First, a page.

The 355 also requires short buses.
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Re: Bondi Beach bus patronage

Postby Linto63 » Mon Jan 01, 2018 3:05 pm

burrumbus wrote:If those buses were permanently allocated to those routes there would not be an issue.The rostering system flicks drivers and buses constantly between different routes-which is why they constantly appear on routes which are too busy for their capacity.They really need permanent shifts just on those 4 routes.Not hard to do.
May not be the most efficient way of allocating resources, but surely the downside would be offset by not sending midis out on full sized routes.

Aurora wrote:Well we could've had heavy rail to get these people across to Bondi Beach, relieving the pressure on buses and giving the locals that capacity along the route. Unfortunate that never happened. That would've been the better solution.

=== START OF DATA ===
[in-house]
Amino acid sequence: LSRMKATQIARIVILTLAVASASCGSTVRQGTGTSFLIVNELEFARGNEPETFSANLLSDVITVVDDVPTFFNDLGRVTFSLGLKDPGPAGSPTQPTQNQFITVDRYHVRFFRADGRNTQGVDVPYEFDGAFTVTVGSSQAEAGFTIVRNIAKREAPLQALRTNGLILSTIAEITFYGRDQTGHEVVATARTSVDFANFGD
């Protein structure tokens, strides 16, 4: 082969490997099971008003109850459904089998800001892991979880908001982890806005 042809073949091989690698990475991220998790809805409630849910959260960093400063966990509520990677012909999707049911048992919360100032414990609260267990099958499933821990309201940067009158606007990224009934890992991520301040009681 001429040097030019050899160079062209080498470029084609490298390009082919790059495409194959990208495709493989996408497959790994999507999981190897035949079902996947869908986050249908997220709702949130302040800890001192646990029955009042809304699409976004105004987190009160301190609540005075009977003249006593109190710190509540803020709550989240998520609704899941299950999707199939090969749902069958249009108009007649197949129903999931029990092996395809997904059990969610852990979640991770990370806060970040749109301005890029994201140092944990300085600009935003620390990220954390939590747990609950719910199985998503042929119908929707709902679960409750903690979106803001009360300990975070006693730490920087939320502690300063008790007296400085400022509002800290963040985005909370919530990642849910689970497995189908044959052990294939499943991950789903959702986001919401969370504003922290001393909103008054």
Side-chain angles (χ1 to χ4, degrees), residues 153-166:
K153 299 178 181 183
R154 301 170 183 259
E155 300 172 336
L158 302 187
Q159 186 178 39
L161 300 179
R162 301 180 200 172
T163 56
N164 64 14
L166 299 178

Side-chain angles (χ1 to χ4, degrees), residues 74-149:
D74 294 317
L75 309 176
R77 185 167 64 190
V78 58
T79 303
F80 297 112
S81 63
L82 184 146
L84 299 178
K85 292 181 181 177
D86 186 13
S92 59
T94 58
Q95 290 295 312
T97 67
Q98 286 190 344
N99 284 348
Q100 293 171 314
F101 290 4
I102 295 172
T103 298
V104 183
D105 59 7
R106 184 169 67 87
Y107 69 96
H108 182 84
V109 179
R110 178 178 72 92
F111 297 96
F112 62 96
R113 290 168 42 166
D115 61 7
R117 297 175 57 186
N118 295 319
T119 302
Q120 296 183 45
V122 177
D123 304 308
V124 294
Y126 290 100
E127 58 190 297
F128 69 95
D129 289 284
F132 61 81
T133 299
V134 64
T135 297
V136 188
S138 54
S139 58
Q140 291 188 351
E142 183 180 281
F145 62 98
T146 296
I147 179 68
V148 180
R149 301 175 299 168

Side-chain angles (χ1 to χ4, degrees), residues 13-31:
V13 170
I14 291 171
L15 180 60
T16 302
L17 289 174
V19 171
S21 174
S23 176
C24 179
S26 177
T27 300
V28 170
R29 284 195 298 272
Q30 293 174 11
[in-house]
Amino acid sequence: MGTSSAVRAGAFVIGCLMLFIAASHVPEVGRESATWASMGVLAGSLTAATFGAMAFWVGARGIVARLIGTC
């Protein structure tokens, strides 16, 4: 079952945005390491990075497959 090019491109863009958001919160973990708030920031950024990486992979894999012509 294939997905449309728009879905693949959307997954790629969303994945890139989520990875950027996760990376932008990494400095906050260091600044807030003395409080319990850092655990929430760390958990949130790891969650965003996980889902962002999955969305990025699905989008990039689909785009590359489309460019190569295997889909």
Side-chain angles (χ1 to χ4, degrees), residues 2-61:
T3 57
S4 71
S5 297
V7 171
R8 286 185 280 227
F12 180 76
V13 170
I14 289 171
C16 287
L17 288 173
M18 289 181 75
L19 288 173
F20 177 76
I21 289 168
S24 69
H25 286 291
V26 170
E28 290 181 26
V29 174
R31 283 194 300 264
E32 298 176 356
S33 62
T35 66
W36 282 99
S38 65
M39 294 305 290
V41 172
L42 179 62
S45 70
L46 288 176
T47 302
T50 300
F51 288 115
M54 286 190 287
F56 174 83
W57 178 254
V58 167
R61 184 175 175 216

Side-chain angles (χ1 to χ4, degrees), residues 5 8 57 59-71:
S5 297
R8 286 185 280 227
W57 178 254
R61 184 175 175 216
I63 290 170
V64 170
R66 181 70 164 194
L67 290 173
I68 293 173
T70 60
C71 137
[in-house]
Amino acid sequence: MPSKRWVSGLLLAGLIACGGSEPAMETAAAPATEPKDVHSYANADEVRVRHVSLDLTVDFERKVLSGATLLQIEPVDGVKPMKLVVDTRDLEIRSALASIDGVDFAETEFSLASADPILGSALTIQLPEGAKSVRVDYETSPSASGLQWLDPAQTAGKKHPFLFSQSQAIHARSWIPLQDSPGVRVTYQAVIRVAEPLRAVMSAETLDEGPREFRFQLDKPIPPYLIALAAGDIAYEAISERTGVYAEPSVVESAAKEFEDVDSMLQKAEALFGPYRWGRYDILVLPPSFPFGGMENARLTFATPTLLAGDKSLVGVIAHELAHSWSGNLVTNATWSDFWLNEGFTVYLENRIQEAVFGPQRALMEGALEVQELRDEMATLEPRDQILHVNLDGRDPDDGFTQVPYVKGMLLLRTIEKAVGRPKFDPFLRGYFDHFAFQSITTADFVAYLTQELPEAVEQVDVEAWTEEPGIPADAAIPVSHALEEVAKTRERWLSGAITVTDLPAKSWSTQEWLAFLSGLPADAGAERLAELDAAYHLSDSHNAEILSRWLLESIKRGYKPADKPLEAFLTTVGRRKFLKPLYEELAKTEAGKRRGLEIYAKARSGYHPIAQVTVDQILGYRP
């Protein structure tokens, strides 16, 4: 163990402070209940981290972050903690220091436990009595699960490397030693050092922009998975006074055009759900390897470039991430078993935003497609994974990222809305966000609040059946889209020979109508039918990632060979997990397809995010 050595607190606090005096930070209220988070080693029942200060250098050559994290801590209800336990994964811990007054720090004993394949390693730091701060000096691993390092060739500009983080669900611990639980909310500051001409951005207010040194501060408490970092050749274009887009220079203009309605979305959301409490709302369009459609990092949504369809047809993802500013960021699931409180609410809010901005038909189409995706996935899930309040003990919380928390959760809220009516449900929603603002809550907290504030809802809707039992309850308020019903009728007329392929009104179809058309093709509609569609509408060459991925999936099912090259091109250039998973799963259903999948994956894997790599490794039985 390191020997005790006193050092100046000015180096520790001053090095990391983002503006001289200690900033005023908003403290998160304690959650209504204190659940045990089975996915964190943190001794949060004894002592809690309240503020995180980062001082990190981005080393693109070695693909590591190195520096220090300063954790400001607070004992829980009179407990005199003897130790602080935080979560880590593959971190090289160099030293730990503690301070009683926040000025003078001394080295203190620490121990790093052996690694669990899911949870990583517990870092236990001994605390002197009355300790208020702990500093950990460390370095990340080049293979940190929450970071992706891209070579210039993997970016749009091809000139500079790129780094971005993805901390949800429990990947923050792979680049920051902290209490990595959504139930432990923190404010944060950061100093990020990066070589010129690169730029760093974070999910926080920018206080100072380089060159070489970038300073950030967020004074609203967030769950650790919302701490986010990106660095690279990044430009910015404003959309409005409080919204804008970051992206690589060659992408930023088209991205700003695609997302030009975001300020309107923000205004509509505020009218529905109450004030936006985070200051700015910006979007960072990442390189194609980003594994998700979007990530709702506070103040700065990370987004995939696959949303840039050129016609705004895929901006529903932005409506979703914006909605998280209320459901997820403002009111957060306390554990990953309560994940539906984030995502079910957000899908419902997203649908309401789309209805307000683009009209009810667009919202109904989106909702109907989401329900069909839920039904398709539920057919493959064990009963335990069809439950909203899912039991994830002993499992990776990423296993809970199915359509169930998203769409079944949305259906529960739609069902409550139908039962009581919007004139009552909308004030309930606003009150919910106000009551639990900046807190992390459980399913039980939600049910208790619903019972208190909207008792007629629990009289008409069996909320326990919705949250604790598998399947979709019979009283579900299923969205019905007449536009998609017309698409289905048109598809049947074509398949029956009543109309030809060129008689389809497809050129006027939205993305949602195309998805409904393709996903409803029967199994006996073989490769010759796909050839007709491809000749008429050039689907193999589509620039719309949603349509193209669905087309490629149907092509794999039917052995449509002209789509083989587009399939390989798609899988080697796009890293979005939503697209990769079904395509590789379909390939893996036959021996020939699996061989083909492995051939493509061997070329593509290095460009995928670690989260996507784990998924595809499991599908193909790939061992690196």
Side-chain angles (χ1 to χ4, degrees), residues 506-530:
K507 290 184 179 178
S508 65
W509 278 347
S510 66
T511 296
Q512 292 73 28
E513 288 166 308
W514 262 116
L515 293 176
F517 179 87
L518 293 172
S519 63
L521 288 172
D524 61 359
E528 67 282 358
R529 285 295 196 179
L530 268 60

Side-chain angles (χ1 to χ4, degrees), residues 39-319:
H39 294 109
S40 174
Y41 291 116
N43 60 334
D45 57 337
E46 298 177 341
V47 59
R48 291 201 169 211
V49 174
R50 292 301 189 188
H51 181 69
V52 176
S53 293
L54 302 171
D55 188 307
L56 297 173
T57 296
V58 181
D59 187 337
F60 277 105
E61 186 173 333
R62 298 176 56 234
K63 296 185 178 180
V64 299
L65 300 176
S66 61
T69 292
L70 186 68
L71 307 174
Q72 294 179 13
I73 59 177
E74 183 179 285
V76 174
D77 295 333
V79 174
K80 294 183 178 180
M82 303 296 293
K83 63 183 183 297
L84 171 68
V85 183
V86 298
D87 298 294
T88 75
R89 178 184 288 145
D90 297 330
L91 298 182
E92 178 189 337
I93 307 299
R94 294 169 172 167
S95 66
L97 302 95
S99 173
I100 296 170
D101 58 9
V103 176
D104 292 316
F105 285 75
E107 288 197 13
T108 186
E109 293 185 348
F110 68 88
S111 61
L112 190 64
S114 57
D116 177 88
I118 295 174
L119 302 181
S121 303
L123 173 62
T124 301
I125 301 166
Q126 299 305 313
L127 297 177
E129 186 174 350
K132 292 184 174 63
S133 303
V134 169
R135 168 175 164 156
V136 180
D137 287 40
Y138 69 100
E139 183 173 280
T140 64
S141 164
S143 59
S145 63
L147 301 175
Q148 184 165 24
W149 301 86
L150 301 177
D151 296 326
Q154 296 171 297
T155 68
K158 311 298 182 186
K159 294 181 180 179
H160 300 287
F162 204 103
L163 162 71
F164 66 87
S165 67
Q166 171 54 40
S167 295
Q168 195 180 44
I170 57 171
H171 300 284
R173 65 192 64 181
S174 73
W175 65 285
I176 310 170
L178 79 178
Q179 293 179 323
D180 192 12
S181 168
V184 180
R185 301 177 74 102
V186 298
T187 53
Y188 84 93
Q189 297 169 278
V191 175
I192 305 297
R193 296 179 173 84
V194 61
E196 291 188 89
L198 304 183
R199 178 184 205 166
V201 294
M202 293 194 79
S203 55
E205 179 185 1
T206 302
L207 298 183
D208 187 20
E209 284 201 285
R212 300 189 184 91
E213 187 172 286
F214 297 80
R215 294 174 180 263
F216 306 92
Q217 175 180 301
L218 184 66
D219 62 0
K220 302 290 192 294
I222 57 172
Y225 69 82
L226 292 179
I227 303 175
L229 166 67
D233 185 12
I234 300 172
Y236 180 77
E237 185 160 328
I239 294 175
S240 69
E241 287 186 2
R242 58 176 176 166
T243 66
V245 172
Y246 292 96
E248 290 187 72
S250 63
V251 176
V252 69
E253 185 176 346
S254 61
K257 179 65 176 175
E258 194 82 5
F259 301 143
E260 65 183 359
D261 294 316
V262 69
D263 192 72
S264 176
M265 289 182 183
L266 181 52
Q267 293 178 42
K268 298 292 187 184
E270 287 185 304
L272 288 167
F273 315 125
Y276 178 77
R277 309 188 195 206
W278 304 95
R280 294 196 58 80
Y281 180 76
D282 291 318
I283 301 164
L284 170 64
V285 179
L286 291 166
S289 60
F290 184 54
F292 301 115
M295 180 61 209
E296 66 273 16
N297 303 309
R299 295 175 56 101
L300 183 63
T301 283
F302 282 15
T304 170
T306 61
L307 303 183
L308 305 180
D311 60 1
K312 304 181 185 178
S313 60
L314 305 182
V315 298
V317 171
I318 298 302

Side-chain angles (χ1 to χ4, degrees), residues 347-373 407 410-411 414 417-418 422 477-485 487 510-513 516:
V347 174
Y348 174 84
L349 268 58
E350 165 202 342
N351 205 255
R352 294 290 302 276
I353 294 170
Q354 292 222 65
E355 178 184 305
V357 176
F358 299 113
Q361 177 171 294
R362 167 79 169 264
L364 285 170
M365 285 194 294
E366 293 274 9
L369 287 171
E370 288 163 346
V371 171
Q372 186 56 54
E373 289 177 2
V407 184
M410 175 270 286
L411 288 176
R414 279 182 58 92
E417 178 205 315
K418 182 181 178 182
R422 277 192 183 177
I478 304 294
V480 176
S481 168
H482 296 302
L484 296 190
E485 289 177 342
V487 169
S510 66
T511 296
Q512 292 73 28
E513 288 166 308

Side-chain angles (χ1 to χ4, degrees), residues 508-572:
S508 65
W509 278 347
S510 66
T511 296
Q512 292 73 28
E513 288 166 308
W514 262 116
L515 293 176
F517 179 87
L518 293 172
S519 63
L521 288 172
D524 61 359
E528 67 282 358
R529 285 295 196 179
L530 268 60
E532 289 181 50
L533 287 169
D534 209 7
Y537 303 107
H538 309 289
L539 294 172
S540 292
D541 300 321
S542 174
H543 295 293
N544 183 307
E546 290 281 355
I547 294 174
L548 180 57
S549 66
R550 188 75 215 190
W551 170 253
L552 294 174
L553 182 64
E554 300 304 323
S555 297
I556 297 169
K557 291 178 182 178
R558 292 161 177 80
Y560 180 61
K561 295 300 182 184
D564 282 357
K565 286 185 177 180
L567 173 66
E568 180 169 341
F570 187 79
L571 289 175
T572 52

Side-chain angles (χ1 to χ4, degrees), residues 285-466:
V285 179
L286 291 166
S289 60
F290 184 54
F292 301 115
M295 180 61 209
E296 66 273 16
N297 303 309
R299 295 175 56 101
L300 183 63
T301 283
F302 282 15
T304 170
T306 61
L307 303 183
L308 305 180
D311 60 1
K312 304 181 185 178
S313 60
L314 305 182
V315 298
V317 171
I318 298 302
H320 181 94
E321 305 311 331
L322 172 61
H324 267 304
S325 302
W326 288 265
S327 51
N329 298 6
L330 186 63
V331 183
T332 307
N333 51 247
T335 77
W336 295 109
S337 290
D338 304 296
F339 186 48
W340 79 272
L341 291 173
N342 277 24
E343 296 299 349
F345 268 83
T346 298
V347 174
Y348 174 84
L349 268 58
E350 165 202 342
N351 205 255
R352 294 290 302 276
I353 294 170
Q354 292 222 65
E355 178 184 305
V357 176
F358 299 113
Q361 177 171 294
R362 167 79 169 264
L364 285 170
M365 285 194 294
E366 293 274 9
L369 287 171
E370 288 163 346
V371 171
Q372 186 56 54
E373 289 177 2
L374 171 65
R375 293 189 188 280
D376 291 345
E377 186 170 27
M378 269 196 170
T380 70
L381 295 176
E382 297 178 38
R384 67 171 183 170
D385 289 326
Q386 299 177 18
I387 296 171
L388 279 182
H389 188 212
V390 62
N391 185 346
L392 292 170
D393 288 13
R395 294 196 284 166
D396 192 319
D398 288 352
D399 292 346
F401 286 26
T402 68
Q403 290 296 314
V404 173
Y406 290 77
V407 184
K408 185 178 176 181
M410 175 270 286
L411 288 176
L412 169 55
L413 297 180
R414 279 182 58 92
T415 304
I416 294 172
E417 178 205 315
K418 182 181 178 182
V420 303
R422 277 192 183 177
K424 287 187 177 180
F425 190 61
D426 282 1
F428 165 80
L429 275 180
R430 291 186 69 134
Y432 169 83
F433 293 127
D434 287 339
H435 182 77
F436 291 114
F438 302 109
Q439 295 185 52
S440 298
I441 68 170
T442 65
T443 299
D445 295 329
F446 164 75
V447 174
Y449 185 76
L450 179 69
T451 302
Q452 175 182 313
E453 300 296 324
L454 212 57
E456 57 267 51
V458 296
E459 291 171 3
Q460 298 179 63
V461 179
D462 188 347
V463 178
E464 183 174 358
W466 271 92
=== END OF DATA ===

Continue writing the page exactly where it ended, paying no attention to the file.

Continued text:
Undoubtedly rail is the most efficient of moving large numbers, but for whatever reason apparently the numbers to date haven't stacked up. Not continuing with the Eastern Suburbs line beyond Bondi Junction was a blunder.
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Re: Bondi Beach bus patronage

Postby boronia » Mon Jan 01, 2018 3:16 pm

burrumbus wrote:G'day Linto.I'm pretty sure the 4 routes for the short wheel base Bustechs are 327/328/360/361.If those buses were permanently allocated to those routes there would not be an issue.The rostering system flicks drivers and buses constantly between different routes-which is why they constantly appear on routes which are too busy for their capacity.They really need permanent shifts just on those 4 routes.Not hard to do.

I don't know how the rostering is arranged for these runs, but it would have to be fairly "self contained" to ensure larger buses don't sneak in.